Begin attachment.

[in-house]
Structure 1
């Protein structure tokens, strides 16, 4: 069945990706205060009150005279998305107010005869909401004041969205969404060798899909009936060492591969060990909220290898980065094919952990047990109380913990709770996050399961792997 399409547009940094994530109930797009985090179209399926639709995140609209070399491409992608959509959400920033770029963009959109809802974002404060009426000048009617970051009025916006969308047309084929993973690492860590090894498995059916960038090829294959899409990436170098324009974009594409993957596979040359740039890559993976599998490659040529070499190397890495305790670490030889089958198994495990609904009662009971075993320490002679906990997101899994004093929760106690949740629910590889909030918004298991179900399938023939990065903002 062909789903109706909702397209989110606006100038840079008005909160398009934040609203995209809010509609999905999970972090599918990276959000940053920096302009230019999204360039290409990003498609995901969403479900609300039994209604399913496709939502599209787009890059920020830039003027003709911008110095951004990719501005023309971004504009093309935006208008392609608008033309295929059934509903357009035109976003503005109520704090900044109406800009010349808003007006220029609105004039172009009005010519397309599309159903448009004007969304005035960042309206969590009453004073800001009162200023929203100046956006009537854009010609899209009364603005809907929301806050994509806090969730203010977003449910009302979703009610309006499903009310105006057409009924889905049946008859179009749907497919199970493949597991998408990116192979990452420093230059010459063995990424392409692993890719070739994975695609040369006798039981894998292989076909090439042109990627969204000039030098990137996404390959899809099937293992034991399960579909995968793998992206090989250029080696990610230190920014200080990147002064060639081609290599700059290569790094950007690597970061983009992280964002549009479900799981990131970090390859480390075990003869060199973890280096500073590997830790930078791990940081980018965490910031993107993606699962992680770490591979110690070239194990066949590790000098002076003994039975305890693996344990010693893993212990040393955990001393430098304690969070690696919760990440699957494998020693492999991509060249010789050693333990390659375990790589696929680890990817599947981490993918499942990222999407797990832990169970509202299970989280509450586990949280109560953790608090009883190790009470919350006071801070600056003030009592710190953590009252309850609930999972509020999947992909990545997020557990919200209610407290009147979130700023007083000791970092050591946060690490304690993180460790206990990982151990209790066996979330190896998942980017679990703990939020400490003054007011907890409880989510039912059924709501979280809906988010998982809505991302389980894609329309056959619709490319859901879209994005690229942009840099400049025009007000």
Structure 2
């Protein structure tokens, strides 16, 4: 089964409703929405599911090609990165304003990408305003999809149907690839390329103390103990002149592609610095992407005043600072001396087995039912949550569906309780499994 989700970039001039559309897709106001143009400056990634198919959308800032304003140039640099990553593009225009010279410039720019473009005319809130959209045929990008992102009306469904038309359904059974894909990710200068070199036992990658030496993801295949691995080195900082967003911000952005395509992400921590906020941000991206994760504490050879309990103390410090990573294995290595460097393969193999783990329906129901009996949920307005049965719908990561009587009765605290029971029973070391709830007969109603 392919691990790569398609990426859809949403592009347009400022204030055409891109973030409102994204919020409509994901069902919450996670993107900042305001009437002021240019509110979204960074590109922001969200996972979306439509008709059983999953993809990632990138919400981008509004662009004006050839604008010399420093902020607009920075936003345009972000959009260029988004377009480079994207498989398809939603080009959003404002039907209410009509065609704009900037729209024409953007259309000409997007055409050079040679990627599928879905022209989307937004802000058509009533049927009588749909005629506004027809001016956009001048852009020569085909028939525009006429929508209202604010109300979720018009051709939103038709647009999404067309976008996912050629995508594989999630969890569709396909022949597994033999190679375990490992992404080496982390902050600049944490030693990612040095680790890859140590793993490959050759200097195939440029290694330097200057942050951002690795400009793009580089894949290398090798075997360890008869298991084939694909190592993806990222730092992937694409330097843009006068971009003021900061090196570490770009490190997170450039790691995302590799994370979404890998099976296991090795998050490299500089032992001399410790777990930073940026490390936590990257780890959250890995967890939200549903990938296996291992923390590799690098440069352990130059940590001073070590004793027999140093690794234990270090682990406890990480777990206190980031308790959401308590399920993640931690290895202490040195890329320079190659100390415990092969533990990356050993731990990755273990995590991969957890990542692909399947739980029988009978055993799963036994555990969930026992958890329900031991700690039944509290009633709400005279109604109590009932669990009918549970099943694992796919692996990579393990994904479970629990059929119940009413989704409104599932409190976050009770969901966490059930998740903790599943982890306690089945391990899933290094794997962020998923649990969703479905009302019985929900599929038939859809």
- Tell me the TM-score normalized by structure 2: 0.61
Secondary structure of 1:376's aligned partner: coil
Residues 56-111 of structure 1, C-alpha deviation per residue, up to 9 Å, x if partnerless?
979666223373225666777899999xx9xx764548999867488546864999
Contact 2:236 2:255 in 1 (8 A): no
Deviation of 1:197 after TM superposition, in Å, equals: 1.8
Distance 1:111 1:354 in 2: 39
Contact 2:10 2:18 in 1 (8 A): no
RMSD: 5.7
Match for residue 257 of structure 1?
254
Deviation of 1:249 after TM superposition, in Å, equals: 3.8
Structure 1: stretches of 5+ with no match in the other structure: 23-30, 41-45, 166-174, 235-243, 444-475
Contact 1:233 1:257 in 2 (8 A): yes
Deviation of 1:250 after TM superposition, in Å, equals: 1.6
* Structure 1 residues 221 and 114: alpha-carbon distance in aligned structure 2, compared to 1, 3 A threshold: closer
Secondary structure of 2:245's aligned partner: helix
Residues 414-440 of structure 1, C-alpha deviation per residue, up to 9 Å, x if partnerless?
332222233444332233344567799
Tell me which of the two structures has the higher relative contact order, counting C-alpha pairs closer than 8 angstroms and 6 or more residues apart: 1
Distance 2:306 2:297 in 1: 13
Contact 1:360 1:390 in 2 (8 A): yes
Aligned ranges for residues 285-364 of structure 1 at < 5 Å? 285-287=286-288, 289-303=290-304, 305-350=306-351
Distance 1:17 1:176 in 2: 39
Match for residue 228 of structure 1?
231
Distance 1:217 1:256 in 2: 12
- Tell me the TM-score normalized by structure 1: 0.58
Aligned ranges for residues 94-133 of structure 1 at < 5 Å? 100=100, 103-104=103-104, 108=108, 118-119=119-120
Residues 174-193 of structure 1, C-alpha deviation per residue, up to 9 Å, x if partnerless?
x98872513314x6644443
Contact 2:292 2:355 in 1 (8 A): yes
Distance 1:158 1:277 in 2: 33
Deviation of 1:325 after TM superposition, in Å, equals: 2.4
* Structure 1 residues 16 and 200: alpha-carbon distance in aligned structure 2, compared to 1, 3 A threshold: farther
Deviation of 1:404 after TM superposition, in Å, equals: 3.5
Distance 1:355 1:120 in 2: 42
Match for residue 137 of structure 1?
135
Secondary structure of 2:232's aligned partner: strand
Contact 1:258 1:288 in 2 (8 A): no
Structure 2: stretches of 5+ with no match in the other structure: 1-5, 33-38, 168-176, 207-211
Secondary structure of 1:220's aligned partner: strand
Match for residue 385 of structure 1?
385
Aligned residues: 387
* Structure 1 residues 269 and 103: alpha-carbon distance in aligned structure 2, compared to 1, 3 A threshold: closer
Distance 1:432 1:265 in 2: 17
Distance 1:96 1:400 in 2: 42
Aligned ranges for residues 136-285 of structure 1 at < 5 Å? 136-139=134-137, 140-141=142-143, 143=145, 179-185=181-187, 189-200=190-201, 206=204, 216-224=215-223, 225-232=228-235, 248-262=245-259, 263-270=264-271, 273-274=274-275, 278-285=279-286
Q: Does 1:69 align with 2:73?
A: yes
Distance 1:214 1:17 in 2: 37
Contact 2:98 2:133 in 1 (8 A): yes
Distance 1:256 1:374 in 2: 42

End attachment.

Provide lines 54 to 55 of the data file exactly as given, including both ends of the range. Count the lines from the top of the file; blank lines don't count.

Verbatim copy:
Distance 1:96 1:400 in 2: 42
Aligned ranges for residues 136-285 of structure 1 at < 5 Å? 136-139=134-137, 140-141=142-143, 143=145, 179-185=181-187, 189-200=190-201, 206=204, 216-224=215-223, 225-232=228-235, 248-262=245-259, 263-270=264-271, 273-274=274-275, 278-285=279-286